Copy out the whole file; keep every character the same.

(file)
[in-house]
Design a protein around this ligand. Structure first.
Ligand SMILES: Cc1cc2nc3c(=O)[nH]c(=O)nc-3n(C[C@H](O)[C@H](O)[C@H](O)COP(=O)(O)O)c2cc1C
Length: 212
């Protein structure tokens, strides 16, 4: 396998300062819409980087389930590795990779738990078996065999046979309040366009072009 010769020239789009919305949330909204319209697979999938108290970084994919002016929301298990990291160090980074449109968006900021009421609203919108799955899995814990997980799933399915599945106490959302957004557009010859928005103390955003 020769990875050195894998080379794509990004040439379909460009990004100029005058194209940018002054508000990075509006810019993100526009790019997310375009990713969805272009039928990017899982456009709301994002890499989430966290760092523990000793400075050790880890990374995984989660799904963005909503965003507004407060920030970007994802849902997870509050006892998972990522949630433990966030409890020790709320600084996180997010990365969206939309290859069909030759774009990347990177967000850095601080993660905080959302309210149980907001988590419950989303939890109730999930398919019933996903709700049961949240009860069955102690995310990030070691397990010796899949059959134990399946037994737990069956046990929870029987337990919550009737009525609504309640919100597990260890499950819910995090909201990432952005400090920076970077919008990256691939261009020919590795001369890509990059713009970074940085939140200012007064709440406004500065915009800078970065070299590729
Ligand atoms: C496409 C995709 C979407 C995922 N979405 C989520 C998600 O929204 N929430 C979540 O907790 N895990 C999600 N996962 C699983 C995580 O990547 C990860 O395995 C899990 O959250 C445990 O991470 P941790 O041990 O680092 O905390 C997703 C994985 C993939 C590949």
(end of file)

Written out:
[in-house]
Design a protein around this ligand. Structure first.
Ligand SMILES: Cc1cc2nc3c(=O)[nH]c(=O)nc-3n(C[C@H](O)[C@H](O)[C@H](O)COP(=O)(O)O)c2cc1C
Length: 212
């Protein structure tokens, strides 16, 4: 396998300062819409980087389930590795990779738990078996065999046979309040366009072009 010769020239789009919305949330909204319209697979999938108290970084994919002016929301298990990291160090980074449109968006900021009421609203919108799955899995814990997980799933399915599945106490959302957004557009010859928005103390955003 020769990875050195894998080379794509990004040439379909460009990004100029005058194209940018002054508000990075509006810019993100526009790019997310375009990713969805272009039928990017899982456009709301994002890499989430966290760092523990000793400075050790880890990374995984989660799904963005909503965003507004407060920030970007994802849902997870509050006892998972990522949630433990966030409890020790709320600084996180997010990365969206939309290859069909030759774009990347990177967000850095601080993660905080959302309210149980907001988590419950989303939890109730999930398919019933996903709700049961949240009860069955102690995310990030070691397990010796899949059959134990399946037994737990069956046990929870029987337990919550009737009525609504309640919100597990260890499950819910995090909201990432952005400090920076970077919008990256691939261009020919590795001369890509990059713009970074940085939140200012007064709440406004500065915009800078970065070299590729
Ligand atoms: C496409 C995709 C979407 C995922 N979405 C989520 C998600 O929204 N929430 C979540 O907790 N895990 C999600 N996962 C699983 C995580 O990547 C990860 O395995 C899990 O959250 C445990 O991470 P941790 O041990 O680092 O905390 C997703 C994985 C993939 C590949």